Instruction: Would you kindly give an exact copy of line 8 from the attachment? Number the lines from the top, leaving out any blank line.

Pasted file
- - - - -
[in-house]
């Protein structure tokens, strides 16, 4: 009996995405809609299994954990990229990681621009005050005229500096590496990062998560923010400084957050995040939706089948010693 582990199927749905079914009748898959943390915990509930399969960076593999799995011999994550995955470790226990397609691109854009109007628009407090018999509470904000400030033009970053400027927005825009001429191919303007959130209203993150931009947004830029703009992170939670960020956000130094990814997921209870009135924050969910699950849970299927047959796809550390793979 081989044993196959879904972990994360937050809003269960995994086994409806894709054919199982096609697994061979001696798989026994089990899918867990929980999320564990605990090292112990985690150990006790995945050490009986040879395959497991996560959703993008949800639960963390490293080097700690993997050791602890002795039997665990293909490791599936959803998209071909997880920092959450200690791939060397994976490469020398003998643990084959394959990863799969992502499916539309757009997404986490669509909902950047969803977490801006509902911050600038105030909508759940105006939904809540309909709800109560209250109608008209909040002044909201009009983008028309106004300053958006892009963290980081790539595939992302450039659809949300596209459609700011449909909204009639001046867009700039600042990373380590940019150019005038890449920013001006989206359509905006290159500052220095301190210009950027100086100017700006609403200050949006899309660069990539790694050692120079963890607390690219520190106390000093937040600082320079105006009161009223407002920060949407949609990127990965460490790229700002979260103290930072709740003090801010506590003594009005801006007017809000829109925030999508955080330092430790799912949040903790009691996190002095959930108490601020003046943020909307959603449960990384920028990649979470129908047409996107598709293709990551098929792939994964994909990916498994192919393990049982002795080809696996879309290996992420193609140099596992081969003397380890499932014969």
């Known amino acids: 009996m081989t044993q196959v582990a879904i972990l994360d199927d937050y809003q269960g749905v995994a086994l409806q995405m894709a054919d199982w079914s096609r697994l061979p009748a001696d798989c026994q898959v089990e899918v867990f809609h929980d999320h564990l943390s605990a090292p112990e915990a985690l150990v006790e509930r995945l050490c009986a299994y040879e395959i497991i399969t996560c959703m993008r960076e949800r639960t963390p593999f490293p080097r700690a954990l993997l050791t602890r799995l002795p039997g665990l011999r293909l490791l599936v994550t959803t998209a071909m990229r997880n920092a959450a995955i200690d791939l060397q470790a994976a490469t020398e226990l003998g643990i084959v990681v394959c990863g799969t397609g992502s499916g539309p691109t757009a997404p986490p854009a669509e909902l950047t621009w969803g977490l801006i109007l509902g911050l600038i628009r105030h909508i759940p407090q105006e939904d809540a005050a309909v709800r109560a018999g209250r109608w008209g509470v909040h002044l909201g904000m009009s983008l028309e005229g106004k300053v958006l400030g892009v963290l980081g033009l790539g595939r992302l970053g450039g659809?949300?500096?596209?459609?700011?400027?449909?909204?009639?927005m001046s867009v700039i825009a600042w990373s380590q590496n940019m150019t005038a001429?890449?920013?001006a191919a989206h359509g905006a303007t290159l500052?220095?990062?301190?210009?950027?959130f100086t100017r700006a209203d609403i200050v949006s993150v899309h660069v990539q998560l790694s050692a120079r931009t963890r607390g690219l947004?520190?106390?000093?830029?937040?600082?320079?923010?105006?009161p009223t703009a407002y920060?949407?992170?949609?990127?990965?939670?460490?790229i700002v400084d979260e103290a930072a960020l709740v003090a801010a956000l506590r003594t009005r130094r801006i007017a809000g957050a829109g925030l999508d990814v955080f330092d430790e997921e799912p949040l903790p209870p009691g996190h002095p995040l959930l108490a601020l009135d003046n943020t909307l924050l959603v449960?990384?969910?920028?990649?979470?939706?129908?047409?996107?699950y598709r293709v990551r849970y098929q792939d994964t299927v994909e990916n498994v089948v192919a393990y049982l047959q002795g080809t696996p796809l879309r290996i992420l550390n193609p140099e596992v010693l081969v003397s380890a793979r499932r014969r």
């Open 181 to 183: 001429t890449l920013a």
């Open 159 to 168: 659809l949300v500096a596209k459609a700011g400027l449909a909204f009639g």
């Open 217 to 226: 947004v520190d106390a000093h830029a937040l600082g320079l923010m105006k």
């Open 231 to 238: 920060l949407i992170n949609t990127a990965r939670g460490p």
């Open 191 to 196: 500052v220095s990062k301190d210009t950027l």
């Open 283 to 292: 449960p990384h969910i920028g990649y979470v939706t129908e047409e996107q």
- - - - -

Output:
């Open 191 to 196: 500052v220095s990062k301190d210009t950027l």